How This Restaurant Is Providing A Vintage Dining Experience

Short Description
In a conversation with Restaurant India, Nitish Bansal, Owner, 736 AD talks about his roller -coaster ride in the food industry.
  • Shahram Warsi
Restaurant India

Coming from a completely different background, Nitish went through many hurdles while establishing a venture of his own. Born in Narela which is located in north Delhi, he wanted to learn everything on his own for creating a better experience at his restaurant. Excerpts from the interview:

How did food happen to you?

I always had the passion to do something in the food industry. I started planning on how I can enter into this business which can give my passion a way towards success. Being an amateur, I had big trouble while deciding the location for my menu. After many discussion and research, I finally came to a conclusion to set up my outlet in north campus. I personally believed that the kind of audience I am looking for can be easily found in north campus which can eventually help me in my business. I went to many restaurants around entire Delhi looking out for various ideas and cultures that the restaurateurs are going through. It took me almost four to five months in just finalizing the location for my venture.

Why the name 736 AD?

The credit behind this name goes to my fiancée Prerna. She is currently pursuing  Ph.D. in psychology. I was in search of a name which can attract customers and brings out curiosity among them. The entire idea of her suggesting me this name was because of the fact that Delhi was established around 736 AD. We can see the curiosity among people as why this restaurant is having such a name. Initially, people visited us just to explore and to know the reason behind the name, but after the food and service they get here makes them our permanent customers.  

How did you plan the interiors for 736 AD?

Initially, the entire interiors were done by me and my friend Rahul. We didn’t hire any expert because we wanted to personalize it in our own way giving it a personal touch. We used gray stones to decorate the walls and ceilings of 736 AD in such a way that it can give people a feel of the structures which could be found in that time. We wanted it to give a feeling that people are dining in a place which is similar to caves found in that time.

What were the various kinds of challenges?

I had many kinds of challenges initially. Firstly my family was not supporting me for moving towards this sector. They had a thought that there is not much return in this sector and it’s very hard for someone to establish their own venture and make things successful. I had no idea how this industry worked. That’s why I personally handled the marketing area which was one of the biggest challenges I encountered. There was a time when I distributed the pamphlets on my own just to figure things out about this industry.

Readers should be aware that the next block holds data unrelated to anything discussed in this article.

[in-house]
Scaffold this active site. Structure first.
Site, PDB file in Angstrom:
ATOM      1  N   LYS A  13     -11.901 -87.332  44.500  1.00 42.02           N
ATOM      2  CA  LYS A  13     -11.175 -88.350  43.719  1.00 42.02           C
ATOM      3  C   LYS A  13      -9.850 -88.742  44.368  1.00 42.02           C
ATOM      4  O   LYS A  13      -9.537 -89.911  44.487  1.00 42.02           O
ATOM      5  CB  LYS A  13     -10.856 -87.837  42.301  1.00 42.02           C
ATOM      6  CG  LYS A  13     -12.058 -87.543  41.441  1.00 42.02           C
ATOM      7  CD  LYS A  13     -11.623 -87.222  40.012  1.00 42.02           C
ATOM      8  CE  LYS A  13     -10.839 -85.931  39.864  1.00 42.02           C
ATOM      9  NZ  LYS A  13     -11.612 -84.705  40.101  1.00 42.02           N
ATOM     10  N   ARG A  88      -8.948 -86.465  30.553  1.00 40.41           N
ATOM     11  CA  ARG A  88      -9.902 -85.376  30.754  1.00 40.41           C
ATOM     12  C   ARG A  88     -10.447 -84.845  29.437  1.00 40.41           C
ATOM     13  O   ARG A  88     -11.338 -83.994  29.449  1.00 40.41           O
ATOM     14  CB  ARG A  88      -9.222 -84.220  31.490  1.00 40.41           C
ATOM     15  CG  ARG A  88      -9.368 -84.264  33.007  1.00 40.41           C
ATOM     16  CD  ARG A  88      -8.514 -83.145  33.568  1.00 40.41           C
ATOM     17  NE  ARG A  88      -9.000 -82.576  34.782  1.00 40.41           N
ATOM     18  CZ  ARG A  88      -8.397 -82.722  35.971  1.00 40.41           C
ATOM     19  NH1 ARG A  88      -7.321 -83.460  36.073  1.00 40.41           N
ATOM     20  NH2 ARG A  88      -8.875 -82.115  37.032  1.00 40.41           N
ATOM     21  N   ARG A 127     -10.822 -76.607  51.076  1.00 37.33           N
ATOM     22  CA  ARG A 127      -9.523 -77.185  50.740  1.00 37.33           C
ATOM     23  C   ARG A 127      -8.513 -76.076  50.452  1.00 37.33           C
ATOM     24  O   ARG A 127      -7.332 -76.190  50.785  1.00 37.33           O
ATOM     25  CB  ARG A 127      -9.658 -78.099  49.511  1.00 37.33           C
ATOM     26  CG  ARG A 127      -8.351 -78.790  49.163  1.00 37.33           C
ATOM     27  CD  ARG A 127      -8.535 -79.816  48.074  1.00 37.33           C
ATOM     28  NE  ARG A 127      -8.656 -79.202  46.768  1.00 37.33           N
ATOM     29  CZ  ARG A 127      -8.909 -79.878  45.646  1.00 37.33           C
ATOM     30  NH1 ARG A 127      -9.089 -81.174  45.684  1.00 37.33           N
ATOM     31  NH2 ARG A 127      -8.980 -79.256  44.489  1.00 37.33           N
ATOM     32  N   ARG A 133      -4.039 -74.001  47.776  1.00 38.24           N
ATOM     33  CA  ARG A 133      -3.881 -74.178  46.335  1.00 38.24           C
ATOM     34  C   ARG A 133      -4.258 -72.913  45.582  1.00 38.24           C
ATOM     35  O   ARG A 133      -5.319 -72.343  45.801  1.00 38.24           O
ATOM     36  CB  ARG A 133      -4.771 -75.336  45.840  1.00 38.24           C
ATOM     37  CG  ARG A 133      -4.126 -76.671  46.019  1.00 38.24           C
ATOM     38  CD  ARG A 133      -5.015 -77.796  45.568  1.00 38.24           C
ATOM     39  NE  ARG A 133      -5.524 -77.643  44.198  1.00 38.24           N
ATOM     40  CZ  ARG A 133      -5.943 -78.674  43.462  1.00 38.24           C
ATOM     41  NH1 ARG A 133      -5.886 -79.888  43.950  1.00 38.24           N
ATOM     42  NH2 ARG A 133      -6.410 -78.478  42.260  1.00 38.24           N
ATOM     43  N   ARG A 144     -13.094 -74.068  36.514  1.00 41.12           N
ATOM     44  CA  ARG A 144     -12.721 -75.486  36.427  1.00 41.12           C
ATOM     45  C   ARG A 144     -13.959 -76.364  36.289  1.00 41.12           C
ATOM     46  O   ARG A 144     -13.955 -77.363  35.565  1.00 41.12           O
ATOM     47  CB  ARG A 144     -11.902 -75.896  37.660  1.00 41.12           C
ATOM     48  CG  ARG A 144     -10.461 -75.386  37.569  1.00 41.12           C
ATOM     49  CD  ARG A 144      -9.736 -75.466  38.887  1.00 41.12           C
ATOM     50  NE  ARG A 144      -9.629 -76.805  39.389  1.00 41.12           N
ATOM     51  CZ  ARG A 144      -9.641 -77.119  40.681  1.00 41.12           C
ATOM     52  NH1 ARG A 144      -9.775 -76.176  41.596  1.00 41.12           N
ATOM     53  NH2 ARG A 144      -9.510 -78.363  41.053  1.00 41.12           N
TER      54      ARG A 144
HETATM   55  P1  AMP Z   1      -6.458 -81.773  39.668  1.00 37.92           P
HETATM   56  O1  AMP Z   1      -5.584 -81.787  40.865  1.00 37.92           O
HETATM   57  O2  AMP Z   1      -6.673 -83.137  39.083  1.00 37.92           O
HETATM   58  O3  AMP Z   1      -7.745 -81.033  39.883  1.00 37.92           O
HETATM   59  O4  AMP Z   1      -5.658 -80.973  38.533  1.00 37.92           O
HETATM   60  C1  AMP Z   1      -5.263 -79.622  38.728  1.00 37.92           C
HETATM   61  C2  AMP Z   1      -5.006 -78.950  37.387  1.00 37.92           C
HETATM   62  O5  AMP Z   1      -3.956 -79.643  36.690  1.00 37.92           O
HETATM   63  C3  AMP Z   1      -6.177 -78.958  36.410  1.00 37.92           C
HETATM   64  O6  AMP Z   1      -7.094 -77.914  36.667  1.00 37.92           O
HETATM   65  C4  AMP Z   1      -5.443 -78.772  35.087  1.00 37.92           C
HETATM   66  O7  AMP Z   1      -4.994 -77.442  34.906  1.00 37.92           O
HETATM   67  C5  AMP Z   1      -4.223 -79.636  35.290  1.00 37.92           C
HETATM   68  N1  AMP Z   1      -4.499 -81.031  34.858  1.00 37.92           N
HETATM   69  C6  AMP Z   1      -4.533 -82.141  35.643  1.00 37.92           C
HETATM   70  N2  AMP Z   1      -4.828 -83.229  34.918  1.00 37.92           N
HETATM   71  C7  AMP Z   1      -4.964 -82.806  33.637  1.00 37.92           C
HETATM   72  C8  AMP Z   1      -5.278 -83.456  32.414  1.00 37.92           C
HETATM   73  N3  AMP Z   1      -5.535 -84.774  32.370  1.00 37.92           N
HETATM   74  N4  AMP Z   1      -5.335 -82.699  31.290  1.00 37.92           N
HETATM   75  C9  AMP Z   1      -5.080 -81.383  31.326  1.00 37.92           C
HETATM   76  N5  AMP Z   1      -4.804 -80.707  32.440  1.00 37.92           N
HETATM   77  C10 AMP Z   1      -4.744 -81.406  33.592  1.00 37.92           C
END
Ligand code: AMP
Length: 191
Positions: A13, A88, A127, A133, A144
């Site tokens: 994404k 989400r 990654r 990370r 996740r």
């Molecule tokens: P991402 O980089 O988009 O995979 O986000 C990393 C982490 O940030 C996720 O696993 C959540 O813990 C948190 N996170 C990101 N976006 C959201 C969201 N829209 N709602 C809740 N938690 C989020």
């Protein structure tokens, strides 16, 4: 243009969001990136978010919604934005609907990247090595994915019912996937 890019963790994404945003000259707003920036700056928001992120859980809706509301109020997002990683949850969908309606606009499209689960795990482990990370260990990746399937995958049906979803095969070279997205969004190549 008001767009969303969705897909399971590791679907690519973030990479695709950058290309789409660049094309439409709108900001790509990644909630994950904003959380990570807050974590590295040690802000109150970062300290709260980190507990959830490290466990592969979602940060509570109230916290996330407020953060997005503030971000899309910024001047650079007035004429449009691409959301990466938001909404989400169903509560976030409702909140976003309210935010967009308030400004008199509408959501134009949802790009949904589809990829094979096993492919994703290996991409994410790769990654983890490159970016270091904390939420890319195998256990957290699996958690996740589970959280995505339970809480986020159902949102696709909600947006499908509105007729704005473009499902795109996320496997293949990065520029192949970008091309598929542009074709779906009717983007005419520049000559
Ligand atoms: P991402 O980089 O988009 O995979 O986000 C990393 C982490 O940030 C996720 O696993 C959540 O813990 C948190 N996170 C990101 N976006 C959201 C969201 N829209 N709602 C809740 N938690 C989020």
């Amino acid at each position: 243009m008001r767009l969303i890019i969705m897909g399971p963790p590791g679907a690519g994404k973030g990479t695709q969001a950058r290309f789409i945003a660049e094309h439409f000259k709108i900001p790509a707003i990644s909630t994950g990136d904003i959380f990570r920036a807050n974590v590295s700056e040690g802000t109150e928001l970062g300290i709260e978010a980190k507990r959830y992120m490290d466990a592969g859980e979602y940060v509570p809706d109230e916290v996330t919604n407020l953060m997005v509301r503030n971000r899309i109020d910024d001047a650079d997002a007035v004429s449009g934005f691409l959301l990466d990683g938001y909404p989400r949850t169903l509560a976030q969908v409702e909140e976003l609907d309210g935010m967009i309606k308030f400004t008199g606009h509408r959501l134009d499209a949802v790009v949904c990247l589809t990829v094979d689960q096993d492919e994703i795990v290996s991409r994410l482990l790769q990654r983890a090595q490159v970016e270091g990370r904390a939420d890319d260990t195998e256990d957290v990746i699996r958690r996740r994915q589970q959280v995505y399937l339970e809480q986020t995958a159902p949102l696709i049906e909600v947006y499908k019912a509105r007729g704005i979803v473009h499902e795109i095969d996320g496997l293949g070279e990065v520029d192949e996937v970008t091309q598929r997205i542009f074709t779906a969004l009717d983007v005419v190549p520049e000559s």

What kind of cuisines do you serve at your restaurant?

You can find lots of varieties of Continental, Chinese and Indian cuisines at 736 AD. I prefer to keep the ambiance energetic with quality food product being served at our tables. I am someone who can never compromise with the quality of food which I serve here. For me, quality is that one factor which can maintain customers for you. Our specialty is vintage momos which is loved and appreciated by people coming to 736 AD.

What is the uniqueness?

Our uniqueness is the quality of the food and service that we provide to our customers. The idea was to serve good quality of food at a pocket -friendly price. In addition to that, the interiors and round bar we are having is something very unique and are rare to find in the current time.

Any expansion plans?

I am already coming with up with a new project in Delhi. It will be our second outlet with a different theme. We are going for a buffet concept where one can enjoy unlimited amount of food at a basic price of 700 rupees per head. I am taking baby steps and will be thinking to expand things even more and move pan India very soon.

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“The idea was to create curiosity”
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